This instantly implied a need for strategy, and as I went from mildly curious observer into regular viewer, I learnt this cunning was as vital as the speed of the car and the excellence of the driver. The sport demands it all: skill, smarts, speed, strength, supervision, stacks and stacks of sestertii.
Image: Force India's Paul di Resta in the pits
F1 is the single most glamorous sport in the world
Oh, and skirts.
Given the astronomical cost of participation, extreme exclusivity and, morbidly enough, the fact that people can actually lose their lives on the track, Formula One is the single most glamorous sport in the world. Basketball players might find themselves on mass-produced sneakers and footballers may make more money (every now and then), but Formula One is a black-tie sport, glitzier than they could ever hope to be -- and F1 knows it.
It is gladiatorial gamesmanship from a different time. Obscenely exorbitant by definition, it sprawls luxuriantly across acreage and airspace, revelling in its own preposterous existence, an utter improbability given our politically-overcorrect, increasingly green world stressing on the practical. And, as befitting an unreal sport given to excess, it likes its women.
A brigade of striking pit-girls can be seen on a Formula One grid to this day, but that pales in comparison to the past. Well-documented legend has it that sensational beauties would coax their way into an F1 paddock the same way they now try and work their way behind the velvet rope at an impossible-to-enter club, and only the most ravishing need apply. Or the boldest.
Back in the shamelessly hedonistic 70s, pretty young women could enter the land where the Dom Perignon flowed unfettered only after lifting their skirts and displaying their knickerslessness.
Image: The pit girls pose
F1 is inherently about characters
And many would doubtless have been charmed by a driver called James Hunt. Hunt began his career with Hesketh, a self-funded team run by a whimsical Baron of the same name, a team with a teddy-bear on its cars in lieu of sponsor logos. "Sex: Breakfast Of Champions," said the badge on Hunt's overalls, the driver epitomizing F1's playboy lifestyle above and beyond any imagined cliche.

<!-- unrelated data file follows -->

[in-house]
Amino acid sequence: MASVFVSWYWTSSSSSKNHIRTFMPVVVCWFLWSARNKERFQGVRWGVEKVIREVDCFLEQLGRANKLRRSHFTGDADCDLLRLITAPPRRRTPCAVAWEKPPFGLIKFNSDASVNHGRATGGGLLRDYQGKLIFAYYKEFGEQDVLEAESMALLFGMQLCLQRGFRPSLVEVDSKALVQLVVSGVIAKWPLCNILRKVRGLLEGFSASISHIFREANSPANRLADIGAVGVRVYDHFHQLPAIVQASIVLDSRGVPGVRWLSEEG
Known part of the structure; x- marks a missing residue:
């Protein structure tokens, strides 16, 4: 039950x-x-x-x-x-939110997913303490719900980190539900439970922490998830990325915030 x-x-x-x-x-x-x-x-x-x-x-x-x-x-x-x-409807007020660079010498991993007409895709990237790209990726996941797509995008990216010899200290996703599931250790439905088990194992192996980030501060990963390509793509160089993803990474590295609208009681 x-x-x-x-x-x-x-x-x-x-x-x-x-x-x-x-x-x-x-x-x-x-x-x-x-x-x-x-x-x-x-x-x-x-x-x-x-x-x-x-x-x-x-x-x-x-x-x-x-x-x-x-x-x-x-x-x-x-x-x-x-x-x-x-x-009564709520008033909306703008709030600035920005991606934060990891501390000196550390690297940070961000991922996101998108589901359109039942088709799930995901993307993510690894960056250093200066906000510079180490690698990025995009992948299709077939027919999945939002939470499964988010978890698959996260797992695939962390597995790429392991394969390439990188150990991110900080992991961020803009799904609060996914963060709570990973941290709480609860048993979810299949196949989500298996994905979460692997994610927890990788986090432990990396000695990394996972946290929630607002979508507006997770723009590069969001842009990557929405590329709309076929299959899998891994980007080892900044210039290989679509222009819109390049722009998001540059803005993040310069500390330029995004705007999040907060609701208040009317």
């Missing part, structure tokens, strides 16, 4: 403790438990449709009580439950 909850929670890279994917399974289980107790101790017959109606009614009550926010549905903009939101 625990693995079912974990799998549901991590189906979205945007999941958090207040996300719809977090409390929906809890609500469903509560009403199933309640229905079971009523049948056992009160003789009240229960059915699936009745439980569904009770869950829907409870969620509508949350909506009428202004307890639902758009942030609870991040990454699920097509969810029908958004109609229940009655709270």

There was eccentricity -- he took his Alsatian to dine with him at London's finest restaurants -- and excess, in the form of women, drugs and sleeplessness. Yet not just did he win 6 races in 1976 to pick up a World Championship, he also discovered a driver named Gilles Villeneuve, widely considered one of F1s very finest. And so what if Hunt went to formal McLaren galas in jeans and without footwear?
Formula One, like any sport to do with individual achievement and milestones, is inherently about characters. And while the same can well be said of, say, tennis, the perennially contrasting facets of personality sought out by motorsport -- ruthlessness, consistency, guile, hunger, bravery, pragmatism, recklessness, caution, loyalty, opportunism -- as well as, perhaps, the fact that their heads rattle around inside those helmets for an awfully long time, bring out some truly unique individual characteristics, gifted young men each finding their own zone, somewhere between kamikaze and zen.
For every mercurial Ayrton Senna, there is a silken Alain Prost, and amen to that: for the sport would be far poorer without all its magnificently extreme men in their flying machines.
Image: Ayrton Senna
It is about winning, and about racing
And so it is about the men who pilot, and those that build the machines and those who let the machines be built. It is about those that commit to impossible victory and those that settle for second place. It is about ideal racing lines and impeccable technique, and it is about crashes and shunts and embarrassments.
It is about the girls who come and egg drivers on, and about the drivers who win races in memory of their mothers. It is about circuits steeped in history that reverberate with the thunder of races gone by, and about brand new circuits and virgin tarmacs with the promise of epics to come.
It is about being so near and yet so far, and about obliterating the competition with a dominance so severe the ignoramuses call it boring. It is about glory and about gluttony. It is about luck and about destiny. It is about winning, and about racing.
And, as I imagine a young lad of today reading about Formula One, dominated by a company that doesn't make racecars, with a grinning young German driver breaking all sorts of records, it is also about going round and round in a blessedly infinite loop.
Image: Sebastian Vettel